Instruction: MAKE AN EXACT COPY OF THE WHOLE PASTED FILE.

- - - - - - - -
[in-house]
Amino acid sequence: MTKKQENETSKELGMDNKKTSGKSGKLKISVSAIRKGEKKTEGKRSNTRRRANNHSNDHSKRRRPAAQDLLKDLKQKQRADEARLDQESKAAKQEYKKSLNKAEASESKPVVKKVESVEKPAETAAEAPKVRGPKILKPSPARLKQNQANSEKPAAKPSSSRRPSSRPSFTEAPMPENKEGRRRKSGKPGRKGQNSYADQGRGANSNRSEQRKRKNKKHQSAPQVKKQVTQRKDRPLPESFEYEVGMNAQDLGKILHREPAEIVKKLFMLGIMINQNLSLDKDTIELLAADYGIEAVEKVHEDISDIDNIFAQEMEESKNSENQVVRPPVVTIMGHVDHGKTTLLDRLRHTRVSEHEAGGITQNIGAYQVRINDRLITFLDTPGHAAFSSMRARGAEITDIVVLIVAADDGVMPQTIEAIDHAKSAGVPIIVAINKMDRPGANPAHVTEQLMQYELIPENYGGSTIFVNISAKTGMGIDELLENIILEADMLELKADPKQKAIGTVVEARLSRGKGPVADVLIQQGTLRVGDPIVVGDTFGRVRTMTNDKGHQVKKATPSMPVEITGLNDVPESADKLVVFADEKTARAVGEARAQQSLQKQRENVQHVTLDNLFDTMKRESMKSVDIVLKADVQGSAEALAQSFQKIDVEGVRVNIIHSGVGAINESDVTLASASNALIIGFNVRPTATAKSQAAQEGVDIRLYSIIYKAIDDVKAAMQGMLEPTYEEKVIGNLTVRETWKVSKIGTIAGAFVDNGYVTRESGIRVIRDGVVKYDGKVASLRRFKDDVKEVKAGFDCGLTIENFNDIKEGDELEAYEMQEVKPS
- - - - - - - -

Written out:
[in-house]
Amino acid sequence: MTKKQENETSKELGMDNKKTSGKSGKLKISVSAIRKGEKKTEGKRSNTRRRANNHSNDHSKRRRPAAQDLLKDLKQKQRADEARLDQESKAAKQEYKKSLNKAEASESKPVVKKVESVEKPAETAAEAPKVRGPKILKPSPARLKQNQANSEKPAAKPSSSRRPSSRPSFTEAPMPENKEGRRRKSGKPGRKGQNSYADQGRGANSNRSEQRKRKNKKHQSAPQVKKQVTQRKDRPLPESFEYEVGMNAQDLGKILHREPAEIVKKLFMLGIMINQNLSLDKDTIELLAADYGIEAVEKVHEDISDIDNIFAQEMEESKNSENQVVRPPVVTIMGHVDHGKTTLLDRLRHTRVSEHEAGGITQNIGAYQVRINDRLITFLDTPGHAAFSSMRARGAEITDIVVLIVAADDGVMPQTIEAIDHAKSAGVPIIVAINKMDRPGANPAHVTEQLMQYELIPENYGGSTIFVNISAKTGMGIDELLENIILEADMLELKADPKQKAIGTVVEARLSRGKGPVADVLIQQGTLRVGDPIVVGDTFGRVRTMTNDKGHQVKKATPSMPVEITGLNDVPESADKLVVFADEKTARAVGEARAQQSLQKQRENVQHVTLDNLFDTMKRESMKSVDIVLKADVQGSAEALAQSFQKIDVEGVRVNIIHSGVGAINESDVTLASASNALIIGFNVRPTATAKSQAAQEGVDIRLYSIIYKAIDDVKAAMQGMLEPTYEEKVIGNLTVRETWKVSKIGTIAGAFVDNGYVTRESGIRVIRDGVVKYDGKVASLRRFKDDVKEVKAGFDCGLTIENFNDIKEGDELEAYEMQEVKPS